DNA isn’t everything. The legislature may have passed a bill making it easier for some inmates who claim they were wrongfully convicted to request DNA tests of physical evidence, but in many cases more in-depth investigations are required. So it’s good to know that things are rolling along at the University of Houston Law Center’s Innocence Network, in which teams of students research claims of wrongful conviction. Hatched by a meeting of criminal defense lawyers in 1999, the Network took shape under U of H law professor David Dow in March of 2000, following in the steps of programs in the Cardozo School of Law and the Northwestern University School of Law. Most cases are in Texas.

A case recently accepted by the network is that of Alvin Kelly, one of two men convicted in a 1984 murder of a family in Longview. Without physical evidence or a solid established motive, Kelly, 49, and Ronnie Lee Wilson, 43, were arrested for the killings. To this day, the word of one witness keeps Kelly and Wilson behind bars. Both men maintain that they were wrongfully convicted. After six years of fruitless investigating, prosecutors charged Kelly and Wilson with capital murder based on the sole testimony of Kelly’s ex-wife, Cynthia Cummings. Kelly received the death penalty. Wilson got 66 years in prison.

Donna Strong, a Corpus Christi English professor who learned of Wilson’s case through one of her students, has collected trial papers, affidavits and personal letters documenting prosecutorial misconduct and Cummings’ limited credibility. Several affidavits, including one from Cummings’ sister, suggest that prosecutors Russell Potts and Becky Simpson may have obtained Cummings’ testimony by informally pledging not to make a case against Cummings herself, even though information (including her own statements) place her at the scene of the murders. Potts declined to comment and Simpson did not return calls.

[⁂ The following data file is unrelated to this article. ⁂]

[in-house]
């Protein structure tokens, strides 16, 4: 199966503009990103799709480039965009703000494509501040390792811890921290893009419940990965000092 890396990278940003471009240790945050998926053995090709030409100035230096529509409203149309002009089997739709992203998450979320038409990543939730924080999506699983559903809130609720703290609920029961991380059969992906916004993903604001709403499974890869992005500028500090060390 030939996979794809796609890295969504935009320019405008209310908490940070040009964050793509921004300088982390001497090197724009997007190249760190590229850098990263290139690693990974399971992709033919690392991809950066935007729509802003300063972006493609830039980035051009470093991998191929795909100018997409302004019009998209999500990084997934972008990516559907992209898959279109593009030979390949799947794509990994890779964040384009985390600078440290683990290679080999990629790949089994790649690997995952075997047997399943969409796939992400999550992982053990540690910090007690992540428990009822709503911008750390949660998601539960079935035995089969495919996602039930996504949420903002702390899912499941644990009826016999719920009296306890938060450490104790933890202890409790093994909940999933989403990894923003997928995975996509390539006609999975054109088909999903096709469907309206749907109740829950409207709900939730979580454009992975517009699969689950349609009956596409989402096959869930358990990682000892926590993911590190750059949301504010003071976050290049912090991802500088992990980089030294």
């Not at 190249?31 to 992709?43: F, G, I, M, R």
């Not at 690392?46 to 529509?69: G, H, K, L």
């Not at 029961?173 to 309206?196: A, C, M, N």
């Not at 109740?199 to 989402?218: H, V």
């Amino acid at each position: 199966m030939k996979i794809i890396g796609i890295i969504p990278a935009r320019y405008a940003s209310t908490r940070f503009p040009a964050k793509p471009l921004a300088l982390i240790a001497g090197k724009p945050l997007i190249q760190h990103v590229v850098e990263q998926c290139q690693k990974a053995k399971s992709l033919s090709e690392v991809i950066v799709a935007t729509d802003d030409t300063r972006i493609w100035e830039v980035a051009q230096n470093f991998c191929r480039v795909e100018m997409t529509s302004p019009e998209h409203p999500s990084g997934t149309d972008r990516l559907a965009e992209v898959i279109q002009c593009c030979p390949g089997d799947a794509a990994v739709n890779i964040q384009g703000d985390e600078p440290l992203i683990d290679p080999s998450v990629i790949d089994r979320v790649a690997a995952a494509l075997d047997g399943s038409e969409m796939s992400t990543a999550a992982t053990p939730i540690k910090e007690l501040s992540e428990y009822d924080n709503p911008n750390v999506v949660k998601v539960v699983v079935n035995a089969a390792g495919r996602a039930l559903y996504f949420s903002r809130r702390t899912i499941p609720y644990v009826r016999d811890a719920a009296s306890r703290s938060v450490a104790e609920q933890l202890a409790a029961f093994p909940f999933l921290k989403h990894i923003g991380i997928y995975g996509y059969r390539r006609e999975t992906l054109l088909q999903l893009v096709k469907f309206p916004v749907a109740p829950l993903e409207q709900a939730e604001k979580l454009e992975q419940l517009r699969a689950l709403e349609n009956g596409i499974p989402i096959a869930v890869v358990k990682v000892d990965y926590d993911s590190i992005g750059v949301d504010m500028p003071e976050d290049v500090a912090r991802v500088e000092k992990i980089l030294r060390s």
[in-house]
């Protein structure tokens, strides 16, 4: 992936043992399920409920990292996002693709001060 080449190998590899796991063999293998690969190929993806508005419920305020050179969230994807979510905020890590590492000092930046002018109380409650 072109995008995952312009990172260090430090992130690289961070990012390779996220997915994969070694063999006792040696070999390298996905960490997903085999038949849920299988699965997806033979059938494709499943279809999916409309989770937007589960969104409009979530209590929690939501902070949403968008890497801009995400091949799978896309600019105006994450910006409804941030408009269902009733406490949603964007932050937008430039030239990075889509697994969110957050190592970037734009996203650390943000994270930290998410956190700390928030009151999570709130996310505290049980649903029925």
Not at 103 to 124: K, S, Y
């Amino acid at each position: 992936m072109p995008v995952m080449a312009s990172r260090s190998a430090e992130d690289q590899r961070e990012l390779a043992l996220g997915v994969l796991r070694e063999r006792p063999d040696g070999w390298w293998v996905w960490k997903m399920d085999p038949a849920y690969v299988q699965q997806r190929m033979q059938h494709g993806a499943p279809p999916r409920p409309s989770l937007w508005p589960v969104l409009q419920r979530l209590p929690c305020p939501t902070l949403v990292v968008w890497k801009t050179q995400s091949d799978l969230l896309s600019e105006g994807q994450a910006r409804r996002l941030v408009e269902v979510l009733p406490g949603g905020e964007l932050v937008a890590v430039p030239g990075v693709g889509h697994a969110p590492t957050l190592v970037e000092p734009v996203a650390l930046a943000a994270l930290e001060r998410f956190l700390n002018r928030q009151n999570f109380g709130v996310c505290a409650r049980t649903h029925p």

Other affidavits suggest that Cummings was forced to testify against Kelly and Wilson, even though other parties may have been involved with the murders. Kelly, with prior convictions for sexual assault and murder, remains on death row. Wilson will come up for parole next April.

Candace Anderson, one of two students with the Innocence Network researching Kelly’s case, hopes to finish the investigation this summer.


This just in: American companies with factories in Mexico do not pay their workers enough to live on. According to to Making The Invisible Visible: A Study of Maquila Workers in Mexico – 2000, a recently-released study conducted in 15 Mexican cities including Matamoros and Nuevo Laredo, the average worker at one of the foreign-owned assembly plants makes less than a third of what it would take to provide basic needs to a family of four.

The study, which challenges U.S.-based companies’ common assertion that workers are paid less in Mexico because the standard of living is lower and products and services are cheaper, was a joint project of the Center for Reflection, Education, and Action, San Antonio’s Coalition for Justice in the Maquiladoras in San Antonio (CJM) and the Interfaith Center on Corporate Responsibility.

Some companies try to avoid criticism for not paying a living wage by giving gifts such as ambulances to maquiladora communities or donating money to city councils, says Martha Ojeda of CJM, “but the priority should be the salaries of the workers.” Several of the maquiladoras in the study manufacture goods for companies in the Fortune 500, including Johnson & Johnson, Alcoa and Ford.